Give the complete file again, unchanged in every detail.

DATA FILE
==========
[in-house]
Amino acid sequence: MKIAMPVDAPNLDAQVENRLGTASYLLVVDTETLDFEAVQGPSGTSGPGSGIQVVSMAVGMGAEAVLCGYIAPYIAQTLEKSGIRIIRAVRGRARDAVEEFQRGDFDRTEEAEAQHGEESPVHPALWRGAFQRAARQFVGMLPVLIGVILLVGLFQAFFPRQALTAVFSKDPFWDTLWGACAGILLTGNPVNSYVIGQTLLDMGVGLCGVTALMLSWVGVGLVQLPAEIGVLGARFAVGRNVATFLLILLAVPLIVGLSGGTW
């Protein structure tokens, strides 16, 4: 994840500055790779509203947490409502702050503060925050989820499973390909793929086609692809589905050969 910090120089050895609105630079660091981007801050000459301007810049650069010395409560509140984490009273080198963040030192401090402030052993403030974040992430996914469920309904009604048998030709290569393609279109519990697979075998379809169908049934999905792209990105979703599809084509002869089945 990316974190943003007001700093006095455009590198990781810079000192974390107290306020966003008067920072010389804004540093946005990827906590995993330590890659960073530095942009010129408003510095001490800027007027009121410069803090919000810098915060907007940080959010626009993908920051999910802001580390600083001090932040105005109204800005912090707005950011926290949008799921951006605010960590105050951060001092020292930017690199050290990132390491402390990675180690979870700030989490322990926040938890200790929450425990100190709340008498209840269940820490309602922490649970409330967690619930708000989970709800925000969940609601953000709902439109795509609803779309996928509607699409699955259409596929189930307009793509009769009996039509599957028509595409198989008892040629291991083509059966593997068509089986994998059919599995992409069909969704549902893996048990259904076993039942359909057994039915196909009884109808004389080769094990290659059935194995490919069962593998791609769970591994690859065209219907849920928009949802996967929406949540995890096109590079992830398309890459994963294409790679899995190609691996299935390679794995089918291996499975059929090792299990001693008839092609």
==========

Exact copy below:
[in-house]
Amino acid sequence: MKIAMPVDAPNLDAQVENRLGTASYLLVVDTETLDFEAVQGPSGTSGPGSGIQVVSMAVGMGAEAVLCGYIAPYIAQTLEKSGIRIIRAVRGRARDAVEEFQRGDFDRTEEAEAQHGEESPVHPALWRGAFQRAARQFVGMLPVLIGVILLVGLFQAFFPRQALTAVFSKDPFWDTLWGACAGILLTGNPVNSYVIGQTLLDMGVGLCGVTALMLSWVGVGLVQLPAEIGVLGARFAVGRNVATFLLILLAVPLIVGLSGGTW
């Protein structure tokens, strides 16, 4: 994840500055790779509203947490409502702050503060925050989820499973390909793929086609692809589905050969 910090120089050895609105630079660091981007801050000459301007810049650069010395409560509140984490009273080198963040030192401090402030052993403030974040992430996914469920309904009604048998030709290569393609279109519990697979075998379809169908049934999905792209990105979703599809084509002869089945 990316974190943003007001700093006095455009590198990781810079000192974390107290306020966003008067920072010389804004540093946005990827906590995993330590890659960073530095942009010129408003510095001490800027007027009121410069803090919000810098915060907007940080959010626009993908920051999910802001580390600083001090932040105005109204800005912090707005950011926290949008799921951006605010960590105050951060001092020292930017690199050290990132390491402390990675180690979870700030989490322990926040938890200790929450425990100190709340008498209840269940820490309602922490649970409330967690619930708000989970709800925000969940609601953000709902439109795509609803779309996928509607699409699955259409596929189930307009793509009769009996039509599957028509595409198989008892040629291991083509059966593997068509089986994998059919599995992409069909969704549902893996048990259904076993039942359909057994039915196909009884109808004389080769094990290659059935194995490919069962593998791609769970591994690859065209219907849920928009949802996967929406949540995890096109590079992830398309890459994963294409790679899995190609691996299935390679794995089918291996499975059929090792299990001693008839092609």